No Expat Health insurance for British Retirees
According to a recent report, UK expats planning to take early retirement and relocate to Europe will no longer be entitled to subsidised expat travel insurance.
Under the current scheme, those UK citizens retiring to Europe at any age have to fill out an S1 form.
With this form they and their partner/children are entitled to 2 ½ years of free international health insurance.
However, at the beginning of April 2014 this is set to change and any British expats retiring below the state requirement age of 65 for men and 60 for woman will no longer be able to submit the S1 form.
Therefore, if you were planning on making the move to one of Europe’s popular expat retirement locations (like France, Spain or Italy) and you haven’t quite reached your twilight years, you’ll need to take out private medical cover to protect yourself against accident or injury.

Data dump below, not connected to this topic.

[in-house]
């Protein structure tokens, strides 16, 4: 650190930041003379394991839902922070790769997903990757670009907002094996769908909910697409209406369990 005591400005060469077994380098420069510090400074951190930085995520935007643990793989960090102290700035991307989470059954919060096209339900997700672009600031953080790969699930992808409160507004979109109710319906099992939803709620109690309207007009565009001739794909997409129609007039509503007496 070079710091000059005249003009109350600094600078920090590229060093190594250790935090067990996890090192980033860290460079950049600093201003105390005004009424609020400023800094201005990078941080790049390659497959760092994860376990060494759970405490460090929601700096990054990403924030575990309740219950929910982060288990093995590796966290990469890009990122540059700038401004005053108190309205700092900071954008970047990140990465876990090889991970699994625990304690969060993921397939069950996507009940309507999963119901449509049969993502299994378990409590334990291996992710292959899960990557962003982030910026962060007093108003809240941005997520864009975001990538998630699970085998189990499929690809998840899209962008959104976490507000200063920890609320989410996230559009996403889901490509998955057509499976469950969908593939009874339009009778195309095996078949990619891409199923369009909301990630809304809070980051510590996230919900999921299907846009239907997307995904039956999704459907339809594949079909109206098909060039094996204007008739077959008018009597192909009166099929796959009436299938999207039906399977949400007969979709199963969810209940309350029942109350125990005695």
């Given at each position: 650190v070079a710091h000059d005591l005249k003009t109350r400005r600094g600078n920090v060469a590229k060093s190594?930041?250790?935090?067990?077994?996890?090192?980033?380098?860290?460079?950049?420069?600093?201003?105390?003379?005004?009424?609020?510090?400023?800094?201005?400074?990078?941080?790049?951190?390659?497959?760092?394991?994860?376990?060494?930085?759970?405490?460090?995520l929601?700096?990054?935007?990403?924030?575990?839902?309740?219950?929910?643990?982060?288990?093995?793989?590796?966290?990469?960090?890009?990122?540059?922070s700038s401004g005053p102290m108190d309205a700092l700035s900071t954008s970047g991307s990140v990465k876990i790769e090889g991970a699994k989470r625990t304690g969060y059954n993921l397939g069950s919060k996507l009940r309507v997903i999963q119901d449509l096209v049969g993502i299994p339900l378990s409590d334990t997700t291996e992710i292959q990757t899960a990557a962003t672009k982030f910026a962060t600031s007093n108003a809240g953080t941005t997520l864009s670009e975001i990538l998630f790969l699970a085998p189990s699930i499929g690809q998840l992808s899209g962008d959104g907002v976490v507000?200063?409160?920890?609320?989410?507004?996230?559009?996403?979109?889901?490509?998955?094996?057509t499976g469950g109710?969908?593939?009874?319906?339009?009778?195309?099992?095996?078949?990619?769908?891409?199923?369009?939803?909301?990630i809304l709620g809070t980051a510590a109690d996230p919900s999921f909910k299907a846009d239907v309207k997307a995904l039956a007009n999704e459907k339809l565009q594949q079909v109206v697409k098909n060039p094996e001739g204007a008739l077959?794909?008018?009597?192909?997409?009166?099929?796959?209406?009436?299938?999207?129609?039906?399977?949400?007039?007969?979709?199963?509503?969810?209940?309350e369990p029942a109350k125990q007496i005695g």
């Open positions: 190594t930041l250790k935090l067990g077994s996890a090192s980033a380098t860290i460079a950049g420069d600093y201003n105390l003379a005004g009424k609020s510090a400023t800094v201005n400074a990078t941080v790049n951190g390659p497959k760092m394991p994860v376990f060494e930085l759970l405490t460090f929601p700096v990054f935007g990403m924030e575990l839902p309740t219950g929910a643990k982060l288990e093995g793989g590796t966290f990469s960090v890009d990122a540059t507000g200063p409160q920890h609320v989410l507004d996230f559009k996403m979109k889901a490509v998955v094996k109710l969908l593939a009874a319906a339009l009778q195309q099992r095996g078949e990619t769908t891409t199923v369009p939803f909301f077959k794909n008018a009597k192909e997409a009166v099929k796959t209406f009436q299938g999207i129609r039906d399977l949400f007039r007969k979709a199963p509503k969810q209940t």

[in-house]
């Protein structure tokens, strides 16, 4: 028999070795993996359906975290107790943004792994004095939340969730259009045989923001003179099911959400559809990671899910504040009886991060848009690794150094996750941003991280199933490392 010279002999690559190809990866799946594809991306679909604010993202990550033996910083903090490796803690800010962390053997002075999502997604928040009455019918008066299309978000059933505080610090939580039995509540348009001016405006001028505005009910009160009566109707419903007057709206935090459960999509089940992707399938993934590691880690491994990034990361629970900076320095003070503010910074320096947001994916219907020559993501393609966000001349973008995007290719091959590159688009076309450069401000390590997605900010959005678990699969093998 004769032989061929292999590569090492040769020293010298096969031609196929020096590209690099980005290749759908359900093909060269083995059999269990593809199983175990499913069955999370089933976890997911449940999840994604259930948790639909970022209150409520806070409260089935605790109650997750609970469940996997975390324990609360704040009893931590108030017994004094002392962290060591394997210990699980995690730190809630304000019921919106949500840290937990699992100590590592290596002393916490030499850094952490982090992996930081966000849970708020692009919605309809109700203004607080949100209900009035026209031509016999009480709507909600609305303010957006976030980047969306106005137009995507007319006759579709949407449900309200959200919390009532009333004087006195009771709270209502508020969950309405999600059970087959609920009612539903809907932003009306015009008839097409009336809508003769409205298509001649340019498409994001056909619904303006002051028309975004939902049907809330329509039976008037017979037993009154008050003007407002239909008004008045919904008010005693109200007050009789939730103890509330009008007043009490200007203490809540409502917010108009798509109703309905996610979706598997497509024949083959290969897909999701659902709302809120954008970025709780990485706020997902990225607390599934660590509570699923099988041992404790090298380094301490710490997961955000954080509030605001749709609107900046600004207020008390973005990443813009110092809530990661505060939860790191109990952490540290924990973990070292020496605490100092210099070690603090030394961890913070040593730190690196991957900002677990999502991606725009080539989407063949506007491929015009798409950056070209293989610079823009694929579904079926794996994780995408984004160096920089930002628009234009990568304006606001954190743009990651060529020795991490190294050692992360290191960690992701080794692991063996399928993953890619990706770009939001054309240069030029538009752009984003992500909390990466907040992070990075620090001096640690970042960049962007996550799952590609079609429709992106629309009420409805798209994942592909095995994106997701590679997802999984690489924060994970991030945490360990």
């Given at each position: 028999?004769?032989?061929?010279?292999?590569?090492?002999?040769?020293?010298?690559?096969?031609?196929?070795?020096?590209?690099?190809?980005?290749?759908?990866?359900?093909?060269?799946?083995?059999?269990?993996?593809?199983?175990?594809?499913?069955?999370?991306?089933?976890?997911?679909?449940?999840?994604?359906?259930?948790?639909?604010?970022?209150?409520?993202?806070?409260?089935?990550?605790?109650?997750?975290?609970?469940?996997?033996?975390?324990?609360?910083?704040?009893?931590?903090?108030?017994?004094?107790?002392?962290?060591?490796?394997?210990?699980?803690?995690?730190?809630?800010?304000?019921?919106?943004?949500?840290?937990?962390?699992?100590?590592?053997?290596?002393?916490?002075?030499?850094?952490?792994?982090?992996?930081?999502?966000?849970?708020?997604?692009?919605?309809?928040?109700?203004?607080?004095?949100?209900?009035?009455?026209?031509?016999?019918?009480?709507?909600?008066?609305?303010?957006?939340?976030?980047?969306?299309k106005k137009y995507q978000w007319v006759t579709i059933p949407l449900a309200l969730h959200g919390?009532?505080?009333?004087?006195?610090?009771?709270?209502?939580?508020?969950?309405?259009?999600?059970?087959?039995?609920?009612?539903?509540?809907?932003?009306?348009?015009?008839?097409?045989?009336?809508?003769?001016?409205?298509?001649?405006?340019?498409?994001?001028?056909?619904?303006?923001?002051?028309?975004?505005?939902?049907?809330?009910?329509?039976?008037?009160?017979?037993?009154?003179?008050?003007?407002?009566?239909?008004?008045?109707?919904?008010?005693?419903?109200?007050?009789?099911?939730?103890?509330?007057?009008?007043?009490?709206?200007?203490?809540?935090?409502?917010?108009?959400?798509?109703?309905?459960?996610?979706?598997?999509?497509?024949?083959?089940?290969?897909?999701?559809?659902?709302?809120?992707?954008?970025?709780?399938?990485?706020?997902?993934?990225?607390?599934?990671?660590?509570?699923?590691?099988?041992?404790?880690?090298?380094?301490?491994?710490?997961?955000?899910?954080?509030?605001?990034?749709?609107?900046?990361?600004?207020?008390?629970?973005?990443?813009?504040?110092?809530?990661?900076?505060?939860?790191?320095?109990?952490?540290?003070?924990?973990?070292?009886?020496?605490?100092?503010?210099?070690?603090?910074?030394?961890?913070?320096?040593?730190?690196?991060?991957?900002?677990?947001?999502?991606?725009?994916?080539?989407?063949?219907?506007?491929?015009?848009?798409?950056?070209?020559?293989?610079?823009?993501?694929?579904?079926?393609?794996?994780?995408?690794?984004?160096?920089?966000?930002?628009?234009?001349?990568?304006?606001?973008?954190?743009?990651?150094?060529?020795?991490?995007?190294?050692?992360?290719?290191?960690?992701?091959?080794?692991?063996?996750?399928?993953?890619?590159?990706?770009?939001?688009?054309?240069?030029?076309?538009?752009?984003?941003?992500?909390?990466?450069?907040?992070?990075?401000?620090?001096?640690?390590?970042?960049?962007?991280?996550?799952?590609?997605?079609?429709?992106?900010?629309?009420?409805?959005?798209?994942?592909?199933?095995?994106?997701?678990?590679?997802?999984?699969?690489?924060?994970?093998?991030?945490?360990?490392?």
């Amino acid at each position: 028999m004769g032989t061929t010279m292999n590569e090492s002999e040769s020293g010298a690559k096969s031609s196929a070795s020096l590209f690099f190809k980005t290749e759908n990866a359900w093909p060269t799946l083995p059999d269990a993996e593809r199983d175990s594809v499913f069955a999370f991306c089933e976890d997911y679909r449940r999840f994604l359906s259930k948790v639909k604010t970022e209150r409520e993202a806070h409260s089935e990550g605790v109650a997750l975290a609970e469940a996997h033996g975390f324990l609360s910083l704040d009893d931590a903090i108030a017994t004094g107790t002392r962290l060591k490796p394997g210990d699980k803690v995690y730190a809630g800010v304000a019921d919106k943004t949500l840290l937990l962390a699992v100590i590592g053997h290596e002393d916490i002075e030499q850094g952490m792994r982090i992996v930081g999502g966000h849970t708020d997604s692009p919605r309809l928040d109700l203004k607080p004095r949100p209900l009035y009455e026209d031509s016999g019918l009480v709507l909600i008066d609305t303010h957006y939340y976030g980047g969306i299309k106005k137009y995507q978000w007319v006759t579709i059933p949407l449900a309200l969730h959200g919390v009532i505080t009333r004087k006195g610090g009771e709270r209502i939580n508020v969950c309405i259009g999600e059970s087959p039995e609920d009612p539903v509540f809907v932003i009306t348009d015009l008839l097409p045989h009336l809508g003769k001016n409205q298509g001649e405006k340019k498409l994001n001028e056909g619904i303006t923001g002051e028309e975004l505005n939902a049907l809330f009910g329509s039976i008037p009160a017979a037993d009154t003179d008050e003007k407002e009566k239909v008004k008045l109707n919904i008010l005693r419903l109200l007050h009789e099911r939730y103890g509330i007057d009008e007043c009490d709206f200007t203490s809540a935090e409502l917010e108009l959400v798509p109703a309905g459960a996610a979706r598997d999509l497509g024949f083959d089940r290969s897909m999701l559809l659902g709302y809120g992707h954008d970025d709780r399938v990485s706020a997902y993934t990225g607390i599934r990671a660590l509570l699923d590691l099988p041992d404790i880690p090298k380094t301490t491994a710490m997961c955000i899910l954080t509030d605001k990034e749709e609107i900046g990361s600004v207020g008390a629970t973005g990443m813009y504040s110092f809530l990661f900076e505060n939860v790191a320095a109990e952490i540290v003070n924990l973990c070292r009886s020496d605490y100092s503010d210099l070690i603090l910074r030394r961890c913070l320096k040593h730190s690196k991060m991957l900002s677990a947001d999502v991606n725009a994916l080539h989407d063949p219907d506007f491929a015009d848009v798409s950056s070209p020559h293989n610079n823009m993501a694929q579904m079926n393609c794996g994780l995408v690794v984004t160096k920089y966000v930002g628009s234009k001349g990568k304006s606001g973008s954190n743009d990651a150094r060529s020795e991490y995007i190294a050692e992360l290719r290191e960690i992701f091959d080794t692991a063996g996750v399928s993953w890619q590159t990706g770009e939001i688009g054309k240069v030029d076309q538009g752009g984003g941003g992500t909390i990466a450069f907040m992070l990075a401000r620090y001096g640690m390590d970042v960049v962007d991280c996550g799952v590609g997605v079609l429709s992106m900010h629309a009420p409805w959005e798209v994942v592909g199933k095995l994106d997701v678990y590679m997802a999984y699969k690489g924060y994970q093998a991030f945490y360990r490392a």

The move is part of an extensive NHS cost-cutting programme, and it has been argued that the change will make the situation fairer for British taxpayers still living in the UK.
Earlier this year Health Minister Lord Howe said of the decision; ‘Having a universal health service free at the point of use rightly makes us the envy of the world, but we must make sure the system is fair to the hard-working British taxpayers who fund it.’
Those British expats of retirement age or over will still be able to receive the free health cover, and those who filled out an S1 form before April 1st won’t be affected.
According to Expatriate Healthcare, who produced a news article concerning this development, ‘International health insurance is to be expected for most people travelling to a foreign country for residence and pleasure, other than for work or studying in accordance to each countries health insurance laws. However, the foundation and history of the NHS is arguably one of British pride and looking after their elderly after years of hard labour aiding the evolution and strength of the British economy is thrown into question by ending travel insurance for the UK’s retired expats.’
What do you think?
Is this move fair?
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